"A photographer said to me recently something about reintroducing myself to my audience, and I said, 'Gee, that's funny you have that perception,'" says Poundstone, who's in town this weekend for a three-day run. "I was stuck in stupid rehab. Then I went back to work a couple days after I got sprung. So, I've been working the road steadily for three years. In anybody else's job, you'd get a ring or a watch."
Sure, Poundstone's not proud of her conviction on child-endangering charges for driving drunk with her three adopted children in the car. She's far from pleased that the judge put her on probation for five years. And she's still miffed that she temporarily lost custody of her kids. (She regained parental rights in late 2002.) But Poundstone's the first to admit that she created her own mess.
"Two or three times a day, I stop and smile at how much I enjoy getting the shit kicked out of me," she says. "I've assembled my life this way on purpose. I did it that way because I actually like stress. There's something about having a thousand things to do and sweating my balls off that I love."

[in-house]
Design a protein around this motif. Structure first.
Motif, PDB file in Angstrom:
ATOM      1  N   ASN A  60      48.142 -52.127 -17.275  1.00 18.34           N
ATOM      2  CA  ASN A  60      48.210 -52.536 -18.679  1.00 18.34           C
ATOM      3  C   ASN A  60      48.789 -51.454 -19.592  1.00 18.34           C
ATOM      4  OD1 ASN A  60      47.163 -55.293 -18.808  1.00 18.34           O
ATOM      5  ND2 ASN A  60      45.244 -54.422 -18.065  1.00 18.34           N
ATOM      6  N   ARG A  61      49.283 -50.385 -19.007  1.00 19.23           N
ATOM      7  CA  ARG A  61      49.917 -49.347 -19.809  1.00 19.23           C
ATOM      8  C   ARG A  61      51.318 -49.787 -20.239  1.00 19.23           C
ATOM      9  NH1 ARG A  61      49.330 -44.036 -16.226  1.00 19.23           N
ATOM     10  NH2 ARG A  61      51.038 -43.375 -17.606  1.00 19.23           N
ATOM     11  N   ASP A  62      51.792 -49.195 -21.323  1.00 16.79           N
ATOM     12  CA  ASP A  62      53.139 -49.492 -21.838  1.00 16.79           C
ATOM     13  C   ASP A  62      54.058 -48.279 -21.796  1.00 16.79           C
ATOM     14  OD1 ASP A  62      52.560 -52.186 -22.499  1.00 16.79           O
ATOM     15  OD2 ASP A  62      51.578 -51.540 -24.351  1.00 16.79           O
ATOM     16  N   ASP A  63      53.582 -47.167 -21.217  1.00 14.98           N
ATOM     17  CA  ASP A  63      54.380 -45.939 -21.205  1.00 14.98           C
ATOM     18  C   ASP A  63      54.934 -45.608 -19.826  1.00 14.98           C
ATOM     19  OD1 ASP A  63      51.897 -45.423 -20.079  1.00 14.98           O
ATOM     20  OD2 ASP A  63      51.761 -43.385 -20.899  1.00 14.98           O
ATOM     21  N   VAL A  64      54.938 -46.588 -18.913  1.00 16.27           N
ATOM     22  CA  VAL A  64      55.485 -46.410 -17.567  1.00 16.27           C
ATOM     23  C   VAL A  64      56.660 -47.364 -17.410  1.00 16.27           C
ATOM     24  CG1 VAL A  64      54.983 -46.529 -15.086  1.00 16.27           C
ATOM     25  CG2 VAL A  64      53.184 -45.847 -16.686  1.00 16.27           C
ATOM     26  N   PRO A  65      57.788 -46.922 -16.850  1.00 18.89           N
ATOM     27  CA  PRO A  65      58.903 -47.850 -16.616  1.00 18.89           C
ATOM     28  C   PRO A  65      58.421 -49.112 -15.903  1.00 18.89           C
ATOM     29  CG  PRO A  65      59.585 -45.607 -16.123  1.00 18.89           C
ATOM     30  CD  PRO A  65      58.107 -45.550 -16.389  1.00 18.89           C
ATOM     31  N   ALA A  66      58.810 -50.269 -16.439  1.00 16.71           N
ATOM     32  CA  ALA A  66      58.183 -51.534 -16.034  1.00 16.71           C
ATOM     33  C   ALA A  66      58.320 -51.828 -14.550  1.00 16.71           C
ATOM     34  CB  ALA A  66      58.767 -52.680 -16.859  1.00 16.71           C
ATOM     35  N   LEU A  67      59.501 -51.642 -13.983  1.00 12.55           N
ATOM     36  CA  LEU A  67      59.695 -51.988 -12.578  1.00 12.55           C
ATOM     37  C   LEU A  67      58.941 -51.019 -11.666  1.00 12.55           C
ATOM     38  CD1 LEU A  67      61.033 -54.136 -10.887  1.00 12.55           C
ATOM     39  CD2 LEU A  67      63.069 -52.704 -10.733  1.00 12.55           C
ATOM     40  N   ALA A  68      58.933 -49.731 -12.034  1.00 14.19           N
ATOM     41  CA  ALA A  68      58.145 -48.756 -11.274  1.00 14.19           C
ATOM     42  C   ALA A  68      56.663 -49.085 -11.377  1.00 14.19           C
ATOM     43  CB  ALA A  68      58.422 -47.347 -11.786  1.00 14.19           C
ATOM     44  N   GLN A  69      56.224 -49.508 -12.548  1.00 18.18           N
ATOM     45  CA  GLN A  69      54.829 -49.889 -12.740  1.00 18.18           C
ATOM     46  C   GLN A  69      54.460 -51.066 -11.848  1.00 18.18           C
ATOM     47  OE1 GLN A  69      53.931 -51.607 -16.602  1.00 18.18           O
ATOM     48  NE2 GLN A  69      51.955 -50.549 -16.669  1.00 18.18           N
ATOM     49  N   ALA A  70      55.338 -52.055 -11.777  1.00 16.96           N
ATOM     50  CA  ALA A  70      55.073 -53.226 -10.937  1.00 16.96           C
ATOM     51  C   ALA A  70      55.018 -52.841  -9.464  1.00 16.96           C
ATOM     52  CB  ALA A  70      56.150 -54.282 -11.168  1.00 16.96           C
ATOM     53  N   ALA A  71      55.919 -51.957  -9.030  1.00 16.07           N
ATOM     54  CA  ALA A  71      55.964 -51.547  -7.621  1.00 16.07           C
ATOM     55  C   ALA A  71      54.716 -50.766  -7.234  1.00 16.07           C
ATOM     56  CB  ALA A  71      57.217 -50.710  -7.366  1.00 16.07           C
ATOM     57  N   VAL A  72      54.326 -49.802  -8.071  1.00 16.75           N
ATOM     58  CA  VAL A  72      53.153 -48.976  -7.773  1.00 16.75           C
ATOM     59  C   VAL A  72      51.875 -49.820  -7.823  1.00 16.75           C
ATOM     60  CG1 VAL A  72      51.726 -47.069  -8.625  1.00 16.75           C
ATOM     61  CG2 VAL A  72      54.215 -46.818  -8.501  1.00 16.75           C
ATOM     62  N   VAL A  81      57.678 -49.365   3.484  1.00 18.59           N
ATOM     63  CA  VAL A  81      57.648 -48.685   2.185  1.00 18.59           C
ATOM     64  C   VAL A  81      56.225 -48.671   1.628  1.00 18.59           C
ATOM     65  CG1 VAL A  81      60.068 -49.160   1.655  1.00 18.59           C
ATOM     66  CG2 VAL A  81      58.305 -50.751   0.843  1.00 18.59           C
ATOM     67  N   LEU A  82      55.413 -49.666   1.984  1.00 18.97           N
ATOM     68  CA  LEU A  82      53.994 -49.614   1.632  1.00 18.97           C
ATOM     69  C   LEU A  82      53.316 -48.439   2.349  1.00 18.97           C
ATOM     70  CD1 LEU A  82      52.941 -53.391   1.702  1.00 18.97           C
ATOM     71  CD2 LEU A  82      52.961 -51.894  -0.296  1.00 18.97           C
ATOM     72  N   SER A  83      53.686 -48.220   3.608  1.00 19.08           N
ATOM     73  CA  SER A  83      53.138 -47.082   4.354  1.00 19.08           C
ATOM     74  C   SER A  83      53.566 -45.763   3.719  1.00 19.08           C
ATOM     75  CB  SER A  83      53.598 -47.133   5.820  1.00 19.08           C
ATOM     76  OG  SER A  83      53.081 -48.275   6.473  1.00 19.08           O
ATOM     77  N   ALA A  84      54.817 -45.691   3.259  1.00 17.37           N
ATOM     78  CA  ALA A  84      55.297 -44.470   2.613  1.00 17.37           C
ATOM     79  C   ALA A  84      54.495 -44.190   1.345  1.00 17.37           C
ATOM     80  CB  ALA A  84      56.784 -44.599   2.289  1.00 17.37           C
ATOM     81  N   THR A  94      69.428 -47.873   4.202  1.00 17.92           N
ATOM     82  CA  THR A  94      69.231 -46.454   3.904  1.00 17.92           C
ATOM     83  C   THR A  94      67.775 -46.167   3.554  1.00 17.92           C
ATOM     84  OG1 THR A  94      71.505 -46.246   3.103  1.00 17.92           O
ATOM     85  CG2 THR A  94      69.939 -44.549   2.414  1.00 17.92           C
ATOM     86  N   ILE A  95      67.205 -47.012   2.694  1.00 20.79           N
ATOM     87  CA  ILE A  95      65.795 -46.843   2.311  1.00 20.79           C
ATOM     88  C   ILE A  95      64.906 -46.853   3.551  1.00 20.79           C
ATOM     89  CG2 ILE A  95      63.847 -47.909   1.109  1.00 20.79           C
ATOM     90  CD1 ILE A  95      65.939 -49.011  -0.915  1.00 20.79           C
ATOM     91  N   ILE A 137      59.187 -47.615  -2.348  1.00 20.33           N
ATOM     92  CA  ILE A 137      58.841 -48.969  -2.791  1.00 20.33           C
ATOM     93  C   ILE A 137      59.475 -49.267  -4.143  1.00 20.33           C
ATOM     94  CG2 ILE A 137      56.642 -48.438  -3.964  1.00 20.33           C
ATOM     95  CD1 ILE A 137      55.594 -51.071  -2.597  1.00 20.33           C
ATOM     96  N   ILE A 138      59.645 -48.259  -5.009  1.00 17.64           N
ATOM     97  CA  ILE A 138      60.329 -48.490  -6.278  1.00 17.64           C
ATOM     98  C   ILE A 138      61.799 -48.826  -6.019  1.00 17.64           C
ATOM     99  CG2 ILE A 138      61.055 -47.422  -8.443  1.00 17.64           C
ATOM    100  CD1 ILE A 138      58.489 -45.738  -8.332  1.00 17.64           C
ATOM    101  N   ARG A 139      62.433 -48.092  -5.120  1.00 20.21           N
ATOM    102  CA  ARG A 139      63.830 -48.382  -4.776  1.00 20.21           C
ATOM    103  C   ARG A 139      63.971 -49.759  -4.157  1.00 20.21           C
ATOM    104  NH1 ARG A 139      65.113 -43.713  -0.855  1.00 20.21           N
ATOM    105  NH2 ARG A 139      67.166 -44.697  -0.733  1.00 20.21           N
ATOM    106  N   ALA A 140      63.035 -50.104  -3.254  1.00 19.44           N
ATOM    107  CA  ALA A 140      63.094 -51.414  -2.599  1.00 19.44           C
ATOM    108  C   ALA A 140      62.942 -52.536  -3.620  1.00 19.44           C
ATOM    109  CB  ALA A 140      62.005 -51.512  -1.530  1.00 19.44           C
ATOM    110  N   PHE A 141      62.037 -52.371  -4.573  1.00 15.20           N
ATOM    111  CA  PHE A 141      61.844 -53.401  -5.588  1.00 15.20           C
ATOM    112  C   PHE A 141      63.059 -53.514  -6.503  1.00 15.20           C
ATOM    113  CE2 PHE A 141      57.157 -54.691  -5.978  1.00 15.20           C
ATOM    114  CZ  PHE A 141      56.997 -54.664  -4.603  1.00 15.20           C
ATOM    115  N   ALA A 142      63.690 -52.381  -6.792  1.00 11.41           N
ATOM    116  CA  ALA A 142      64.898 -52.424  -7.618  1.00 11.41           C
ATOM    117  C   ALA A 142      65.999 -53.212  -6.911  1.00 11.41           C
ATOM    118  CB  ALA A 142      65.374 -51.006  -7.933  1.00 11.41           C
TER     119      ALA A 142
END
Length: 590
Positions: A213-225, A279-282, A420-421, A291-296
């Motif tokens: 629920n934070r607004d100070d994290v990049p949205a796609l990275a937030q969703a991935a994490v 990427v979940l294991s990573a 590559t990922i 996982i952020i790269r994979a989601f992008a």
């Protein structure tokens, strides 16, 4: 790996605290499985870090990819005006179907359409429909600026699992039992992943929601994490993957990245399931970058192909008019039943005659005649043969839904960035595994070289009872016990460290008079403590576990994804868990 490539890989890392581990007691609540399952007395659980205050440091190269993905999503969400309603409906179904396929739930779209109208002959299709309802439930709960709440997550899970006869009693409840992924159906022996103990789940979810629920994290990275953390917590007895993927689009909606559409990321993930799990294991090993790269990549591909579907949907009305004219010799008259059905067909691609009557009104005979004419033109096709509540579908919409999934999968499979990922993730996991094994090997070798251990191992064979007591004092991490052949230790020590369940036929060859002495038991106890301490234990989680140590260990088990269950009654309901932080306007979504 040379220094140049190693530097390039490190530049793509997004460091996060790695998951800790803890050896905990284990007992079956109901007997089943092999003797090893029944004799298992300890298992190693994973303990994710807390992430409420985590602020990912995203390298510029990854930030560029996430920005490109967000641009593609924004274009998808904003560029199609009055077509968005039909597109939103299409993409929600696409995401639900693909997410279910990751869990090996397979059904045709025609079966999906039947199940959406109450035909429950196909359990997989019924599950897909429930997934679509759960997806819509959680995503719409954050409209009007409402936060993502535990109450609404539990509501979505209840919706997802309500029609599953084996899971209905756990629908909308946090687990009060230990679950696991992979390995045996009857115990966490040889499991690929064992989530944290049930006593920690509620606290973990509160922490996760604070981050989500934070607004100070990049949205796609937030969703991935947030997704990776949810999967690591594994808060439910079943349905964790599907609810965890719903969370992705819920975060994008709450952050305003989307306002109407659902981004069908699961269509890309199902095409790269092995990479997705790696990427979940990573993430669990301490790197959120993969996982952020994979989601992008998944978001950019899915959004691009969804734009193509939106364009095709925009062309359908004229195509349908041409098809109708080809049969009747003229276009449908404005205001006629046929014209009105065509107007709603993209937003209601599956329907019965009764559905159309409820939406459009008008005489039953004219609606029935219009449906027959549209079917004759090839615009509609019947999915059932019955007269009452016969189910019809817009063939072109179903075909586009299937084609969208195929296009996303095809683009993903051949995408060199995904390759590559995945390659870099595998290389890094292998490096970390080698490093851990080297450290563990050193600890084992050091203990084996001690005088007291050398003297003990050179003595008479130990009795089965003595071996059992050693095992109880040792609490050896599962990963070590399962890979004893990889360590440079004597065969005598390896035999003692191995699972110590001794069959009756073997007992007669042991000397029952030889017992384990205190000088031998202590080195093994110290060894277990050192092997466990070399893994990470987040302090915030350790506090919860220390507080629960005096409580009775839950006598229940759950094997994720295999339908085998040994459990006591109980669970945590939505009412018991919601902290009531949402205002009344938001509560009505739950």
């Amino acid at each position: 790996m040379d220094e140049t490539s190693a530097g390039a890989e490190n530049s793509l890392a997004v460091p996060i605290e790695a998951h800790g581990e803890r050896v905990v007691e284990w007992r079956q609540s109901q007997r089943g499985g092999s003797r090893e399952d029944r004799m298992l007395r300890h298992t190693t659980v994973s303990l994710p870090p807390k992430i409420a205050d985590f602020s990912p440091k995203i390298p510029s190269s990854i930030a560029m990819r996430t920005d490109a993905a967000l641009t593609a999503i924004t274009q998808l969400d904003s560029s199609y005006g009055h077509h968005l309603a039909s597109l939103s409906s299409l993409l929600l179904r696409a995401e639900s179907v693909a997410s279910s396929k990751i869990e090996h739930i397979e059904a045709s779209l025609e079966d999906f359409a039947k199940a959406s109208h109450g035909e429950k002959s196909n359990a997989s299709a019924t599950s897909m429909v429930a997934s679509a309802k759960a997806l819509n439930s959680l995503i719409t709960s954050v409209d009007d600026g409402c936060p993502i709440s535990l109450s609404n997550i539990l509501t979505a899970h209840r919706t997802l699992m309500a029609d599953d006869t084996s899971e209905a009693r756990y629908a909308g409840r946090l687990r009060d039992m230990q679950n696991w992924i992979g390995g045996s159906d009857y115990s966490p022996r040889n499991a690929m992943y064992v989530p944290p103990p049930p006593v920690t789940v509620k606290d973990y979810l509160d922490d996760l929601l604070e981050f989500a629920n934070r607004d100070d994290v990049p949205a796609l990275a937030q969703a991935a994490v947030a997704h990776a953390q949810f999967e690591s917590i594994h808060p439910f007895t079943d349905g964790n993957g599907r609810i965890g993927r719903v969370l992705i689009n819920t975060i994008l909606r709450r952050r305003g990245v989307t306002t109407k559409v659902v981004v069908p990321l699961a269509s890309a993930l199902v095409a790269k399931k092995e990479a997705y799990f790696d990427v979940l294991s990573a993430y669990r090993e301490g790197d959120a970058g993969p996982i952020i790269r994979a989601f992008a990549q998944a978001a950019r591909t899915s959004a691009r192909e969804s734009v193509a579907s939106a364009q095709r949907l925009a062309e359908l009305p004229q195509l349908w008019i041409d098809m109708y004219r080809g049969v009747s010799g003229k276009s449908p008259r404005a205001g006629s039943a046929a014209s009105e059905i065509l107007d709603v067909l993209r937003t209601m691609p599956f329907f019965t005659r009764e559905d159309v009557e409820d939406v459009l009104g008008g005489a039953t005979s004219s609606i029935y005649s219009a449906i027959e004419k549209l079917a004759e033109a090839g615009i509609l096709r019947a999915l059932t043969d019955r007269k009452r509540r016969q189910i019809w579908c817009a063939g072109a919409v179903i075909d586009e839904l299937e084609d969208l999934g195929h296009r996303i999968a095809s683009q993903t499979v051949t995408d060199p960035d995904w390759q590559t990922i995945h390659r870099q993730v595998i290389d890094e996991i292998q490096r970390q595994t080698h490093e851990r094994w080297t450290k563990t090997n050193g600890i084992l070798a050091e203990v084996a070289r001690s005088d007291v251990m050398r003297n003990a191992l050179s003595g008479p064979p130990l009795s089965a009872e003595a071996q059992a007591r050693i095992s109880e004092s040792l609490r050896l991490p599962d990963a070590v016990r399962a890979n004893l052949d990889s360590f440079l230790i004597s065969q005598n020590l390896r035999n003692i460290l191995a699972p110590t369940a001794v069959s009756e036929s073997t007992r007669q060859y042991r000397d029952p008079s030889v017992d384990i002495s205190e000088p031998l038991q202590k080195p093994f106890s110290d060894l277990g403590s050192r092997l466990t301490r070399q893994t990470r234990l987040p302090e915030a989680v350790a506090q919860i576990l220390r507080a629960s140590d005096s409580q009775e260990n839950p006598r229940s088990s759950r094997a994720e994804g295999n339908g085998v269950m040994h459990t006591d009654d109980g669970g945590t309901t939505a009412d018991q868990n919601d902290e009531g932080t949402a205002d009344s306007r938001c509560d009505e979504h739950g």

Sober for nearly three years, Poundstone is loving the club circuit, despite the occasional audience member who's knocked back a few too many. "When I was working in Florida one time -- I swear, I'm not exaggerating -- on a second-show Friday night, there were three different women from three different parties stretched out on tables," she recalls. "It looked like the set of M*A*S*H! But you know what? I have a cool audience that never left. And it's never been funnier."
We welcome readers to submit letters regarding articles and content in Cleveland Scene. Letters should be a minimum of 150 words, refer to content that has appeared on Cleveland Scene, and must include the writer's full name, address, and phone number for verification purposes. No attachments will be considered. Writers of letters selected for publication will be notified via email. Letters may be edited and shortened for space.
Email us at [email protected].
Support Local Journalism.
Join the Cleveland Scene Press Club
Local journalism is information. Information is power. And we believe everyone deserves access to accurate independent coverage of their community and state. Our readers helped us continue this coverage in 2020, and we are so grateful for the support.
Help us keep this coverage going in 2021. Whether it's a one-time acknowledgement of this article or an ongoing membership pledge, your support goes to local-based reporting from our small but mighty team.
Subscribe now to get the latest news delivered right to your inbox.